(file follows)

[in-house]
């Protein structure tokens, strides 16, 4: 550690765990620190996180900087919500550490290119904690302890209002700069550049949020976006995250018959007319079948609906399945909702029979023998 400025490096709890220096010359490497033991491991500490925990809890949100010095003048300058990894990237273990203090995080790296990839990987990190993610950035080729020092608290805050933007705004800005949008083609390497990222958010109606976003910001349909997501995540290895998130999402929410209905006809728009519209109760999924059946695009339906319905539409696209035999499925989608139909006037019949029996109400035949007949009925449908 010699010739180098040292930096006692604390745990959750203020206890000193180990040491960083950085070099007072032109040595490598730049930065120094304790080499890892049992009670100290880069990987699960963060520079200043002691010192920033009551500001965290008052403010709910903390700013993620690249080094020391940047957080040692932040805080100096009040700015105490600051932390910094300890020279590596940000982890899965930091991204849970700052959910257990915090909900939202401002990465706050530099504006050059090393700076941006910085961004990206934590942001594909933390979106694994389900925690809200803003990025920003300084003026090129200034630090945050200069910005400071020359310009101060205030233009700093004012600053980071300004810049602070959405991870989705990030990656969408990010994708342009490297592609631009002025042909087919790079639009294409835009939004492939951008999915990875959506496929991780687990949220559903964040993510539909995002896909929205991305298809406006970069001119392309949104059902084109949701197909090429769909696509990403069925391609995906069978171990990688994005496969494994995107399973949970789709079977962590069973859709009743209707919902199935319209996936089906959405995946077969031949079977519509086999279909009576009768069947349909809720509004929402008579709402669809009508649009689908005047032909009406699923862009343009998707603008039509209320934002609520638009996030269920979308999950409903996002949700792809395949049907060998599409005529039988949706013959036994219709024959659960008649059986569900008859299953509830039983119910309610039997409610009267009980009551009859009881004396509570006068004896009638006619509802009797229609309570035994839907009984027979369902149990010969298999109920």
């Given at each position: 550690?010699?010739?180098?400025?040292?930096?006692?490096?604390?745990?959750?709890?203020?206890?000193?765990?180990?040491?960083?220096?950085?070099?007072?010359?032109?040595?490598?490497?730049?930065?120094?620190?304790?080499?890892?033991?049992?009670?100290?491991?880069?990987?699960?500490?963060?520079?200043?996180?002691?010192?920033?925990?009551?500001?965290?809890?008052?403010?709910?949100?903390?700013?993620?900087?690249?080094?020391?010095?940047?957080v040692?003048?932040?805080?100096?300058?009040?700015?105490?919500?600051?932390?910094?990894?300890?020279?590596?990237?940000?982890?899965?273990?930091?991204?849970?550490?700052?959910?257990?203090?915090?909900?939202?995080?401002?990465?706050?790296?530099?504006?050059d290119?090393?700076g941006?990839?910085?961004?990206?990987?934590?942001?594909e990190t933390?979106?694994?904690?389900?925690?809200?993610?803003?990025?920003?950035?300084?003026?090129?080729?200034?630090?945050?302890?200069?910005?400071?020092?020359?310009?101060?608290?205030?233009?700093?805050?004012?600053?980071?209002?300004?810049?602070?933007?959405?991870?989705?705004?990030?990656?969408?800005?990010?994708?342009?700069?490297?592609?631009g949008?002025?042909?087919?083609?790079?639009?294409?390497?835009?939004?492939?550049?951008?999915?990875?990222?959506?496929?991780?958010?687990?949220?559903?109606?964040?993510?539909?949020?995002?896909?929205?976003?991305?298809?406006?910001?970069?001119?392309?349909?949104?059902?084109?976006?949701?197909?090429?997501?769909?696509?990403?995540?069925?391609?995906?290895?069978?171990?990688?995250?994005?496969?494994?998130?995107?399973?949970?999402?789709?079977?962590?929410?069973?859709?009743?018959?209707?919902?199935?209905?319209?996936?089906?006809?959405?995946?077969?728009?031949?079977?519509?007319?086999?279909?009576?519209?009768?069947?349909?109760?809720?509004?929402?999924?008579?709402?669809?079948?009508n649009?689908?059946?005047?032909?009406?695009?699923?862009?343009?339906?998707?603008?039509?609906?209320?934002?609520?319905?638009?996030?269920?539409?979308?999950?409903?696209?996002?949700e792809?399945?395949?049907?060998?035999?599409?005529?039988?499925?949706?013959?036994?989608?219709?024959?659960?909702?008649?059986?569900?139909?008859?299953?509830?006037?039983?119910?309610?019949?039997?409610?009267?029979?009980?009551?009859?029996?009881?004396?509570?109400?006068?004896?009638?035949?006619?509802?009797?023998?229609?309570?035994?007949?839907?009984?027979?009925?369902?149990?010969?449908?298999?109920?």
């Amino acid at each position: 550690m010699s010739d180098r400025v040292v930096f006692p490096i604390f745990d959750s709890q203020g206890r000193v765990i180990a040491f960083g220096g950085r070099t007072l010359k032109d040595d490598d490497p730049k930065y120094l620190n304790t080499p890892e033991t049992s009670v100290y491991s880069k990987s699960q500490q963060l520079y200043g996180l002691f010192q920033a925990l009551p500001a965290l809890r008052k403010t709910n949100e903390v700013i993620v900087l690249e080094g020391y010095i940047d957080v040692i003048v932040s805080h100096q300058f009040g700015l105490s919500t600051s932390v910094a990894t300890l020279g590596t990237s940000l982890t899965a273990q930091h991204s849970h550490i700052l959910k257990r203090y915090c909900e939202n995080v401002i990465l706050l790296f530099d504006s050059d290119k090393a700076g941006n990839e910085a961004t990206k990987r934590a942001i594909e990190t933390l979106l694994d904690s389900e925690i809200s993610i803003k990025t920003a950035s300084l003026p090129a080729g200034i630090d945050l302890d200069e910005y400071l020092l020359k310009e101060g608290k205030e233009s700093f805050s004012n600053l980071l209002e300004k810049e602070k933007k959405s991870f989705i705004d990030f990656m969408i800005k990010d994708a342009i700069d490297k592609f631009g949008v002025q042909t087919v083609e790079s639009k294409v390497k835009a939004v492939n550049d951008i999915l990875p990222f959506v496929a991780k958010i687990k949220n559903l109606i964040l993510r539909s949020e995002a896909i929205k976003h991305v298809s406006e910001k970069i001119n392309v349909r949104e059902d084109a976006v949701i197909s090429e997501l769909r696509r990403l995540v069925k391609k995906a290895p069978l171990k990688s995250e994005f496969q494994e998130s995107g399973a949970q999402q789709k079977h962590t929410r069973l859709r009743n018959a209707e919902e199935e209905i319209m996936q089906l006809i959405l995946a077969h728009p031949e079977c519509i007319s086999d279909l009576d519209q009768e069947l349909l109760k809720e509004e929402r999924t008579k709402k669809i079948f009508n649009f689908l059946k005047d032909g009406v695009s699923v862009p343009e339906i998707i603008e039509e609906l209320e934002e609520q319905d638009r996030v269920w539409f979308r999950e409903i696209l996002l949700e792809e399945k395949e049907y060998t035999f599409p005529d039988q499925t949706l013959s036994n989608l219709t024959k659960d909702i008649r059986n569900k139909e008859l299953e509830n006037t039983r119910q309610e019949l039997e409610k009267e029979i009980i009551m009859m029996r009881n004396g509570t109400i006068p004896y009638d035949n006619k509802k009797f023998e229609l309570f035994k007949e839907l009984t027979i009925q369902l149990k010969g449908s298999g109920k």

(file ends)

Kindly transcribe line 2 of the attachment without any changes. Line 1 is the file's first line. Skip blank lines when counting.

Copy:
């Protein structure tokens, strides 16, 4: 550690765990620190996180900087919500550490290119904690302890209002700069550049949020976006995250018959007319079948609906399945909702029979023998 400025490096709890220096010359490497033991491991500490925990809890949100010095003048300058990894990237273990203090995080790296990839990987990190993610950035080729020092608290805050933007705004800005949008083609390497990222958010109606976003910001349909997501995540290895998130999402929410209905006809728009519209109760999924059946695009339906319905539409696209035999499925989608139909006037019949029996109400035949007949009925449908 010699010739180098040292930096006692604390745990959750203020206890000193180990040491960083950085070099007072032109040595490598730049930065120094304790080499890892049992009670100290880069990987699960963060520079200043002691010192920033009551500001965290008052403010709910903390700013993620690249080094020391940047957080040692932040805080100096009040700015105490600051932390910094300890020279590596940000982890899965930091991204849970700052959910257990915090909900939202401002990465706050530099504006050059090393700076941006910085961004990206934590942001594909933390979106694994389900925690809200803003990025920003300084003026090129200034630090945050200069910005400071020359310009101060205030233009700093004012600053980071300004810049602070959405991870989705990030990656969408990010994708342009490297592609631009002025042909087919790079639009294409835009939004492939951008999915990875959506496929991780687990949220559903964040993510539909995002896909929205991305298809406006970069001119392309949104059902084109949701197909090429769909696509990403069925391609995906069978171990990688994005496969494994995107399973949970789709079977962590069973859709009743209707919902199935319209996936089906959405995946077969031949079977519509086999279909009576009768069947349909809720509004929402008579709402669809009508649009689908005047032909009406699923862009343009998707603008039509209320934002609520638009996030269920979308999950409903996002949700792809395949049907060998599409005529039988949706013959036994219709024959659960008649059986569900008859299953509830039983119910309610039997409610009267009980009551009859009881004396509570006068004896009638006619509802009797229609309570035994839907009984027979369902149990010969298999109920």